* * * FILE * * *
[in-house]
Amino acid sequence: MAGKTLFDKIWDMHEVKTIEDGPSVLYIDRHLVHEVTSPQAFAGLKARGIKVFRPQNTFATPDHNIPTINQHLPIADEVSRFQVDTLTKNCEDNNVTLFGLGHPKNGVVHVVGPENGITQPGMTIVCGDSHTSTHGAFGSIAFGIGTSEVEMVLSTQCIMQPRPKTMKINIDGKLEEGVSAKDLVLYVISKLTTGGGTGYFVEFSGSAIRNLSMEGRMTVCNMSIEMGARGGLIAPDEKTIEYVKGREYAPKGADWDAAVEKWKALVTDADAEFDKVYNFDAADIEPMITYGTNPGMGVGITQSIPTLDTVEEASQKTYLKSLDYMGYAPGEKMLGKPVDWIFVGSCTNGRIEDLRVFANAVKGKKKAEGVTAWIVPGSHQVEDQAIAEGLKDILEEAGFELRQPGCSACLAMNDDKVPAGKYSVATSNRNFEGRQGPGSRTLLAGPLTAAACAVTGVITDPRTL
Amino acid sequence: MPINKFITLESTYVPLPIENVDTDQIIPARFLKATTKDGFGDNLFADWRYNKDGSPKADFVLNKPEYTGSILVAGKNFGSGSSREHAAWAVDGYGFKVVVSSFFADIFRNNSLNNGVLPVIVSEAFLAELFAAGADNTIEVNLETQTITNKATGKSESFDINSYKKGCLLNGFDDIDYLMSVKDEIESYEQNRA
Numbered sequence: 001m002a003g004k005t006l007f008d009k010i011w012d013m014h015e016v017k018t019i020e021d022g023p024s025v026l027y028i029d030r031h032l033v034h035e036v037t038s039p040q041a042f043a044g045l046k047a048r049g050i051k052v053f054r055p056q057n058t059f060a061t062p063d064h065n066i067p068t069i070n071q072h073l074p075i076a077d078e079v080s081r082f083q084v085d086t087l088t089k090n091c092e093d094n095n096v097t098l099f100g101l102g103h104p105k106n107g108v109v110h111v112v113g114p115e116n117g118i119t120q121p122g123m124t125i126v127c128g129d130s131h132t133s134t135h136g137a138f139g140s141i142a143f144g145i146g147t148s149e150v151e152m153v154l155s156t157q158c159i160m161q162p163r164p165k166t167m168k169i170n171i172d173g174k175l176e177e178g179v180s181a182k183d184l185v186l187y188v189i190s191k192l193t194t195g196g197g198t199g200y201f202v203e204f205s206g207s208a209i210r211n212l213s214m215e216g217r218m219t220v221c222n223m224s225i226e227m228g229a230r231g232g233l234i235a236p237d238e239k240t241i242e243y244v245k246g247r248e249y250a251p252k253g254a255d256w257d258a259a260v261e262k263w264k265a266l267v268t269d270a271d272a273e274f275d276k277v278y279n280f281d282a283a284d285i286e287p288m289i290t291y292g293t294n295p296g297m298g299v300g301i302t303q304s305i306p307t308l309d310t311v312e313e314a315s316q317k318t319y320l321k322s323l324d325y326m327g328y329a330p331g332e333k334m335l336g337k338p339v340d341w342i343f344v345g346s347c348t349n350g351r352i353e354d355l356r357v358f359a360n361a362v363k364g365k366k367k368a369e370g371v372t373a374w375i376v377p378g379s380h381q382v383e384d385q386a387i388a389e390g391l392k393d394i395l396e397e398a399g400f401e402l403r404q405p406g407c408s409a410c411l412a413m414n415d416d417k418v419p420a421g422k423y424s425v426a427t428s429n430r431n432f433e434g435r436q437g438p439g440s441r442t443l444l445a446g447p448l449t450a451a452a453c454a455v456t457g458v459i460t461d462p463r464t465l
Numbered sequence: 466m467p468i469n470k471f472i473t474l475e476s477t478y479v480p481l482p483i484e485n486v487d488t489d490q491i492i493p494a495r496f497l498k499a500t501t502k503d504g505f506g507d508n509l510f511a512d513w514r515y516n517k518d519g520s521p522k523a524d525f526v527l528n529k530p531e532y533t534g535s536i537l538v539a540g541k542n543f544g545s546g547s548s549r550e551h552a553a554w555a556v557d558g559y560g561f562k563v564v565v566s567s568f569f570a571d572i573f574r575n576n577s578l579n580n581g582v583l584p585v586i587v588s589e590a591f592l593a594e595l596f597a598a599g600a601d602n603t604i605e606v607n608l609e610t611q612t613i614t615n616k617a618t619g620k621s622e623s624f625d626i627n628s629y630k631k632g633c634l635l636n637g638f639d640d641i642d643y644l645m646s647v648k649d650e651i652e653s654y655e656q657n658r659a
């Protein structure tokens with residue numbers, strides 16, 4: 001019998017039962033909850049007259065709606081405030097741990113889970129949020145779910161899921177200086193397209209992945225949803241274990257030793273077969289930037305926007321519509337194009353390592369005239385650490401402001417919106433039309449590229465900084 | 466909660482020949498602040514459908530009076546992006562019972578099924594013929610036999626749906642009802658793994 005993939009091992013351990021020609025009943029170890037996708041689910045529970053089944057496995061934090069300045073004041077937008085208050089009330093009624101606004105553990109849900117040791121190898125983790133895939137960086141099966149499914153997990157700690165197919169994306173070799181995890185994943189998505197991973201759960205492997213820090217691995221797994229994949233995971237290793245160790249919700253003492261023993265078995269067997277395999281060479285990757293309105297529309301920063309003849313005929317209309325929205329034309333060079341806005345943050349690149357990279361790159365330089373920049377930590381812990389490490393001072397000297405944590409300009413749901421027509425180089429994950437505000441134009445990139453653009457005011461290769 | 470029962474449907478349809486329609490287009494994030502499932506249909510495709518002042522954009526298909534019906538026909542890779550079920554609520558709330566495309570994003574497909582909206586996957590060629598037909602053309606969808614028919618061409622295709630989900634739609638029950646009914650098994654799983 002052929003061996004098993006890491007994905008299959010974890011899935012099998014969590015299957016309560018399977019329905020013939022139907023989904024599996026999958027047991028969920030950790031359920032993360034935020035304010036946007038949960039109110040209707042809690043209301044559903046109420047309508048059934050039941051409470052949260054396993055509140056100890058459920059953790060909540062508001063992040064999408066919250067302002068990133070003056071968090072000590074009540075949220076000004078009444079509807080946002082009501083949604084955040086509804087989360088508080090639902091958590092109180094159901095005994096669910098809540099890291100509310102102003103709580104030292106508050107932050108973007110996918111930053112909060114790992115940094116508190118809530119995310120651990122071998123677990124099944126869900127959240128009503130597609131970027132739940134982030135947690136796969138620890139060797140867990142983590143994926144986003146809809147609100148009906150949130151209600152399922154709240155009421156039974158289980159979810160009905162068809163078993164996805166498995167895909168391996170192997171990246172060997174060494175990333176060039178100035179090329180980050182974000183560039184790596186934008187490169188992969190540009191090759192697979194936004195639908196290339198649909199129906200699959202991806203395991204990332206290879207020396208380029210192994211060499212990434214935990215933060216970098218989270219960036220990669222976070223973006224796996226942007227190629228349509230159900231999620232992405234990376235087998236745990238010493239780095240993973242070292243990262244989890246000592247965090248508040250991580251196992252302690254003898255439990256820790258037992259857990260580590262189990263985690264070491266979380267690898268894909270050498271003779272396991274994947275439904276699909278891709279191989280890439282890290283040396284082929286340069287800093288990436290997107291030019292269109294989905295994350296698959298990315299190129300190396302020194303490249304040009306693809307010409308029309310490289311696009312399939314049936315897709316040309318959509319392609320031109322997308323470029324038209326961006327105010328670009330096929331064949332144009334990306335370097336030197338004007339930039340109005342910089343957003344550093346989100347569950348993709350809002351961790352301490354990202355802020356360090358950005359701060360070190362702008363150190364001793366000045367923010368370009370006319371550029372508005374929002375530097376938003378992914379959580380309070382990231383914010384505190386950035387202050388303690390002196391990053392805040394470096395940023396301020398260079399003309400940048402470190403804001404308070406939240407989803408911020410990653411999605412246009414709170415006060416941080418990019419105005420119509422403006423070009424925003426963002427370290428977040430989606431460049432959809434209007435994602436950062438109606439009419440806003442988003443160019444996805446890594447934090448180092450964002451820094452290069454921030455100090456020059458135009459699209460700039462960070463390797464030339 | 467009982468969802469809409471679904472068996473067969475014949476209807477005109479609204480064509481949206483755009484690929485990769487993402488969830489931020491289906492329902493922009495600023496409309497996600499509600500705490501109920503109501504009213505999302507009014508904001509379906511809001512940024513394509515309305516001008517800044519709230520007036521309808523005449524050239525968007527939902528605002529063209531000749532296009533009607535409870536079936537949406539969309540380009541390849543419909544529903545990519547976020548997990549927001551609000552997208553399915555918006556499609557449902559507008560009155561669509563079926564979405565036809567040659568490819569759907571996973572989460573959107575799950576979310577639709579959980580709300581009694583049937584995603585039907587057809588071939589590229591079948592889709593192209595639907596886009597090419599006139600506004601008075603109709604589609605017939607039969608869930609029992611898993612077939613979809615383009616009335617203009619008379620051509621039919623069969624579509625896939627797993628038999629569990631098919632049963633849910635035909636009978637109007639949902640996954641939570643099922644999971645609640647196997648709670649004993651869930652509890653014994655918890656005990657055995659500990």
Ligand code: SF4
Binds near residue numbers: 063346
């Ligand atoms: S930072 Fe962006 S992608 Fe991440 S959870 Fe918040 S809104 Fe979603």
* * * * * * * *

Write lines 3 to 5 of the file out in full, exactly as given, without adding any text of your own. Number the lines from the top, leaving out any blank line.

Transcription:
Amino acid sequence: MPINKFITLESTYVPLPIENVDTDQIIPARFLKATTKDGFGDNLFADWRYNKDGSPKADFVLNKPEYTGSILVAGKNFGSGSSREHAAWAVDGYGFKVVVSSFFADIFRNNSLNNGVLPVIVSEAFLAELFAAGADNTIEVNLETQTITNKATGKSESFDINSYKKGCLLNGFDDIDYLMSVKDEIESYEQNRA
Numbered sequence: 001m002a003g004k005t006l007f008d009k010i011w012d013m014h015e016v017k018t019i020e021d022g023p024s025v026l027y028i029d030r031h032l033v034h035e036v037t038s039p040q041a042f043a044g045l046k047a048r049g050i051k052v053f054r055p056q057n058t059f060a061t062p063d064h065n066i067p068t069i070n071q072h073l074p075i076a077d078e079v080s081r082f083q084v085d086t087l088t089k090n091c092e093d094n095n096v097t098l099f100g101l102g103h104p105k106n107g108v109v110h111v112v113g114p115e116n117g118i119t120q121p122g123m124t125i126v127c128g129d130s131h132t133s134t135h136g137a138f139g140s141i142a143f144g145i146g147t148s149e150v151e152m153v154l155s156t157q158c159i160m161q162p163r164p165k166t167m168k169i170n171i172d173g174k175l176e177e178g179v180s181a182k183d184l185v186l187y188v189i190s191k192l193t194t195g196g197g198t199g200y201f202v203e204f205s206g207s208a209i210r211n212l213s214m215e216g217r218m219t220v221c222n223m224s225i226e227m228g229a230r231g232g233l234i235a236p237d238e239k240t241i242e243y244v245k246g247r248e249y250a251p252k253g254a255d256w257d258a259a260v261e262k263w264k265a266l267v268t269d270a271d272a273e274f275d276k277v278y279n280f281d282a283a284d285i286e287p288m289i290t291y292g293t294n295p296g297m298g299v300g301i302t303q304s305i306p307t308l309d310t311v312e313e314a315s316q317k318t319y320l321k322s323l324d325y326m327g328y329a330p331g332e333k334m335l336g337k338p339v340d341w342i343f344v345g346s347c348t349n350g351r352i353e354d355l356r357v358f359a360n361a362v363k364g365k366k367k368a369e370g371v372t373a374w375i376v377p378g379s380h381q382v383e384d385q386a387i388a389e390g391l392k393d394i395l396e397e398a399g400f401e402l403r404q405p406g407c408s409a410c411l412a413m414n415d416d417k418v419p420a421g422k423y424s425v426a427t428s429n430r431n432f433e434g435r436q437g438p439g440s441r442t443l444l445a446g447p448l449t450a451a452a453c454a455v456t457g458v459i460t461d462p463r464t465l
Numbered sequence: 466m467p468i469n470k471f472i473t474l475e476s477t478y479v480p481l482p483i484e485n486v487d488t489d490q491i492i493p494a495r496f497l498k499a500t501t502k503d504g505f506g507d508n509l510f511a512d513w514r515y516n517k518d519g520s521p522k523a524d525f526v527l528n529k530p531e532y533t534g535s536i537l538v539a540g541k542n543f544g545s546g547s548s549r550e551h552a553a554w555a556v557d558g559y560g561f562k563v564v565v566s567s568f569f570a571d572i573f574r575n576n577s578l579n580n581g582v583l584p585v586i587v588s589e590a591f592l593a594e595l596f597a598a599g600a601d602n603t604i605e606v607n608l609e610t611q612t613i614t615n616k617a618t619g620k621s622e623s624f625d626i627n628s629y630k631k632g633c634l635l636n637g638f639d640d641i642d643y644l645m646s647v648k649d650e651i652e653s654y655e656q657n658r659a